Andrew Reynolds Interview – Part Three

Continuing our series on Direct Response marketing – and interview with Direct Marketer Andrew Reynolds Part 3

Q: Ok – so how do we make our offer totally irresistible to the reader on the website or in a direct mail piece?

Andrew Reynolds: The first thing you need to do is to create a very high perceived value in the package of products that you are offering. You then limit its availability. Scarcity and a fear of missing out is a great way to make a letter compelling. So high perceived value and scarcity. The less available your offer is the more people will tend to want it. It’s just simple human nature.

If I offer a product for a limited time and say that the page will close on X date – I stick to that (tempting through it may be to take sales after the date. But people get to know that if they get an offer from you and it’s for a limited time – you mean what you say. So they will take action next time.

Q: Ok –p so what are some of the biggest mistakes I could make when putting my offer letter together?

Andrew Reynolds: many newbies start out and fail to address the first questions that enters the prospect’s mind as he or she arrives at your sales

page.

Q: For example??

Andrew Reynolds: Well for example, you need to explain to the reader why he or she should spend time reading the piece. Tell them “What’s in it for me”, the reader. So many people talk about themselves as some sort of ego trip – but bear in mind that the reader is only interested in that one phrase “What’s in it for me?”. You then need to explain why the reader should believe you.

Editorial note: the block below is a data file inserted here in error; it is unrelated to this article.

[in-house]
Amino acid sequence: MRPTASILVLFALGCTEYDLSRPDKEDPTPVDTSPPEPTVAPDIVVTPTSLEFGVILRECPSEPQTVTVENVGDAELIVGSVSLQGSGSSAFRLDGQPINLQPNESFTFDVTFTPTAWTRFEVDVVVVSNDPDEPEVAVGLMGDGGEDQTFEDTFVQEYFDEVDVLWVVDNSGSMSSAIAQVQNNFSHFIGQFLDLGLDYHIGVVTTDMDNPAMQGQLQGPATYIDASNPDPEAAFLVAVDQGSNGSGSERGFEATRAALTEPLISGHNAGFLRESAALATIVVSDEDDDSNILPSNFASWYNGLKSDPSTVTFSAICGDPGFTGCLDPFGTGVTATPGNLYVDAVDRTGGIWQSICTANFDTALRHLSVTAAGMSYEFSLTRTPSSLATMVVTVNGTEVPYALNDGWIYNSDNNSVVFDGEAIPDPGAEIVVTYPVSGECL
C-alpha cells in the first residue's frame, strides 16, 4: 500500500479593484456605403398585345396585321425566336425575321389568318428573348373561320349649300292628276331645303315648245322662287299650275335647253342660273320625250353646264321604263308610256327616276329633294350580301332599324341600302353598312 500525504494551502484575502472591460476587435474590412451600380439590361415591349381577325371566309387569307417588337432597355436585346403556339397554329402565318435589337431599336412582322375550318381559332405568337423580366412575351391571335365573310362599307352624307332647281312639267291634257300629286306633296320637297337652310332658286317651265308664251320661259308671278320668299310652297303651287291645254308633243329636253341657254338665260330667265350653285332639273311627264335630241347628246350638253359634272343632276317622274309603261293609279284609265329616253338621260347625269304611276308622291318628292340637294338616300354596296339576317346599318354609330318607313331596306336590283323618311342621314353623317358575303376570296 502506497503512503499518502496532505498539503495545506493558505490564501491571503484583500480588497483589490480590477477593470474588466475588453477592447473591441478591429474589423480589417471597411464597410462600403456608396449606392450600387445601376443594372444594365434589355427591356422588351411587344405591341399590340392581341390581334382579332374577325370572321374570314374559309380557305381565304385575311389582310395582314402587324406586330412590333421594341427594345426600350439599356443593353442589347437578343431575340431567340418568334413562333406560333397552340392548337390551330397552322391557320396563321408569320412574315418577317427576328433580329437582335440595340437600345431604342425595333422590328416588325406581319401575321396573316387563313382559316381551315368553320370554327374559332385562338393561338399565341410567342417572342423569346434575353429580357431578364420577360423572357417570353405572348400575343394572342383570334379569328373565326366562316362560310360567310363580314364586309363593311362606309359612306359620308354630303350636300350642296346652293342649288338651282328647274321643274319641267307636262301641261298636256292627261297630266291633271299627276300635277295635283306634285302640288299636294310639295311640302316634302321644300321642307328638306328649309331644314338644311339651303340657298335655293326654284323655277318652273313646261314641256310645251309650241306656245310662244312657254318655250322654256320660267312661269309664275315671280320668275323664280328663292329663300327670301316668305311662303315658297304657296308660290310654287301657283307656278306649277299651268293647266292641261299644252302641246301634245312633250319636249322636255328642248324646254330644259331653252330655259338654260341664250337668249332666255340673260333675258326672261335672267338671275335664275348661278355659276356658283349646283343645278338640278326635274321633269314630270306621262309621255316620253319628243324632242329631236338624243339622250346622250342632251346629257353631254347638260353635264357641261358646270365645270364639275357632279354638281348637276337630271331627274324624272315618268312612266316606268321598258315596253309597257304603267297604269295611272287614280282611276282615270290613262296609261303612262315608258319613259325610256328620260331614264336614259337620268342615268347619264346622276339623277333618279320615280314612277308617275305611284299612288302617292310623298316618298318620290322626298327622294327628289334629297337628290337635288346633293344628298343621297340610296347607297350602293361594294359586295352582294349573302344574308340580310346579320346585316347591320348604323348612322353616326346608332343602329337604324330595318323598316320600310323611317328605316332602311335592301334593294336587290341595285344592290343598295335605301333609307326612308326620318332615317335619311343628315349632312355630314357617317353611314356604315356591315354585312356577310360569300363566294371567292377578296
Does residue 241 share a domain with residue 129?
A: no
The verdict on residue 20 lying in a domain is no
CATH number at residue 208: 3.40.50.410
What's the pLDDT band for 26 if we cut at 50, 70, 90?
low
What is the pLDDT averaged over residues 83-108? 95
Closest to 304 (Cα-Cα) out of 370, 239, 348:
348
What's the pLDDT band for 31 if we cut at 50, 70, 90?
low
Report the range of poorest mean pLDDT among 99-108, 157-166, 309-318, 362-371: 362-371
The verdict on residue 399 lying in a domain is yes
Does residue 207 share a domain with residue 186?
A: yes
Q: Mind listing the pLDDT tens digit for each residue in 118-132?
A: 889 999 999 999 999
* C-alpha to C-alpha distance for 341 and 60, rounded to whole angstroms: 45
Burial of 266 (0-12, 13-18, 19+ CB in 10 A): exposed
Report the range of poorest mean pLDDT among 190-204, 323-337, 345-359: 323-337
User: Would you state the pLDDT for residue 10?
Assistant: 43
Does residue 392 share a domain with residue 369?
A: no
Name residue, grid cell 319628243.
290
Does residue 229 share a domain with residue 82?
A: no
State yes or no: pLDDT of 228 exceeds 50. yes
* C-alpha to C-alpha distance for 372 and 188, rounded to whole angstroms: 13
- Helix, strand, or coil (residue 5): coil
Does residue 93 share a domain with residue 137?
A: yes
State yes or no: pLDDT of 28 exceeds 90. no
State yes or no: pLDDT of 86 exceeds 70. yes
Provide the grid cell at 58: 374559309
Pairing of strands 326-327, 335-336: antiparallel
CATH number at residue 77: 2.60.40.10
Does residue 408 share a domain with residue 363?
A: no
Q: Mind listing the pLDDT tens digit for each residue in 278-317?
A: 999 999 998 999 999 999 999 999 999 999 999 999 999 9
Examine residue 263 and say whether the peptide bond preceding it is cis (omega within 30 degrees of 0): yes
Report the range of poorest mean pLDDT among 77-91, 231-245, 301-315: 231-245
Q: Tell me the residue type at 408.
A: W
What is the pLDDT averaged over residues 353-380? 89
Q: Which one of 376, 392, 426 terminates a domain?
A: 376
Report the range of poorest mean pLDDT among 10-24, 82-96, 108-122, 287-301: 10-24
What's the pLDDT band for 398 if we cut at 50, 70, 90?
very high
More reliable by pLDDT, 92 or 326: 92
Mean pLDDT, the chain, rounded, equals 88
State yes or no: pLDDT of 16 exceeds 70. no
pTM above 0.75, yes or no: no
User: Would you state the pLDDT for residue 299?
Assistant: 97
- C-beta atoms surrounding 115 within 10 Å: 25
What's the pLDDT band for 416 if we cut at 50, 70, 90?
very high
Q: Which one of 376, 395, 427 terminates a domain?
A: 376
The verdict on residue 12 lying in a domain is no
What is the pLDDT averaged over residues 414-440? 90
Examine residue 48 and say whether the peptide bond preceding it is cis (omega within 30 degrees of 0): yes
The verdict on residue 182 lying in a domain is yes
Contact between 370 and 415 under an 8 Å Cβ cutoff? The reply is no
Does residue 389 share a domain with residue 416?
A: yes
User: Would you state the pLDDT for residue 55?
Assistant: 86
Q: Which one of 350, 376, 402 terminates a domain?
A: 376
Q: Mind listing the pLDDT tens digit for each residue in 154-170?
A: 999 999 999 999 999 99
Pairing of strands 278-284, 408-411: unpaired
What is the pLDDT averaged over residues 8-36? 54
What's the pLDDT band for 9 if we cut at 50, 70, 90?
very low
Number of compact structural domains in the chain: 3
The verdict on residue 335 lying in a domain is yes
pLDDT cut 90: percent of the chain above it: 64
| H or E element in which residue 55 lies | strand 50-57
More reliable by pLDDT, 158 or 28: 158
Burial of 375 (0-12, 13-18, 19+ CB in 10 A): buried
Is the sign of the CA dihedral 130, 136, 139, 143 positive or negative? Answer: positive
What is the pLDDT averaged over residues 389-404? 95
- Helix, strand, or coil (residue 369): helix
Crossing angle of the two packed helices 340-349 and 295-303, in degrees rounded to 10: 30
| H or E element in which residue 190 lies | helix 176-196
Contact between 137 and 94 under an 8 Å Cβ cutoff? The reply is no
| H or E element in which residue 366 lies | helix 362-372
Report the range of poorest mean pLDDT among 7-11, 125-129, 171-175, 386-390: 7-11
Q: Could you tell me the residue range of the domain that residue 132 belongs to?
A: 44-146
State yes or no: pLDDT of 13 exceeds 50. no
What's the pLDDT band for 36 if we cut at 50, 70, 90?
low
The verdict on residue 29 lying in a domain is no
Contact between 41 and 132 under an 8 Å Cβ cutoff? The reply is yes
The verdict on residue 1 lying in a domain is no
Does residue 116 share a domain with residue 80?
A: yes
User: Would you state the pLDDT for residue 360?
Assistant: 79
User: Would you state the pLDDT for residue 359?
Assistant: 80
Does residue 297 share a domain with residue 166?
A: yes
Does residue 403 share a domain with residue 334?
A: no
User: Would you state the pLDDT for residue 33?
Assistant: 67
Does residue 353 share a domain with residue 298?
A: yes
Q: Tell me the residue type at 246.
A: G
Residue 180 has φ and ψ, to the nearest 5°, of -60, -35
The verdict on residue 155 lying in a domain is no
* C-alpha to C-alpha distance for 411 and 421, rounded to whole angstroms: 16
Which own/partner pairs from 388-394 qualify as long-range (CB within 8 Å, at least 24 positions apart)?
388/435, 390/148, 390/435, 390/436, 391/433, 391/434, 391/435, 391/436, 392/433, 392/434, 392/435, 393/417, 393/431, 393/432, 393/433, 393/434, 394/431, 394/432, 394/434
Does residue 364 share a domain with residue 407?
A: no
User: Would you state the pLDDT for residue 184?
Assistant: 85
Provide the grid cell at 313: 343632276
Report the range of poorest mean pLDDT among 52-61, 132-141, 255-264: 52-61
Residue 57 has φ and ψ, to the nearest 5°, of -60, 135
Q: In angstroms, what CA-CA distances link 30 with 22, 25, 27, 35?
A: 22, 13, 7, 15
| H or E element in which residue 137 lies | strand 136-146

Towards the end of your letter you should then answer the queries in the readers mind “

Is it worth my while to take action now? And “What will I lose by not replying now?”

Q: So what is the secret of a good letter?

Andrew Reynolds: You need to know firstly what it is that your specific target market wants. Your job as the writer is then to gather together the experiences, the comments, tests, facts, your product or business history, and then arrange all of this detail to put together a compelling offer that speaks directly to the reader….something that is particularly relevant to your prospective customer. In a good letter your job as the writer is to let the

Prospective customer know in what ways your product or service was designed and constructed to solve his or her specific problems.

Click the following link for Andrew Reynolds Interview – Part 4

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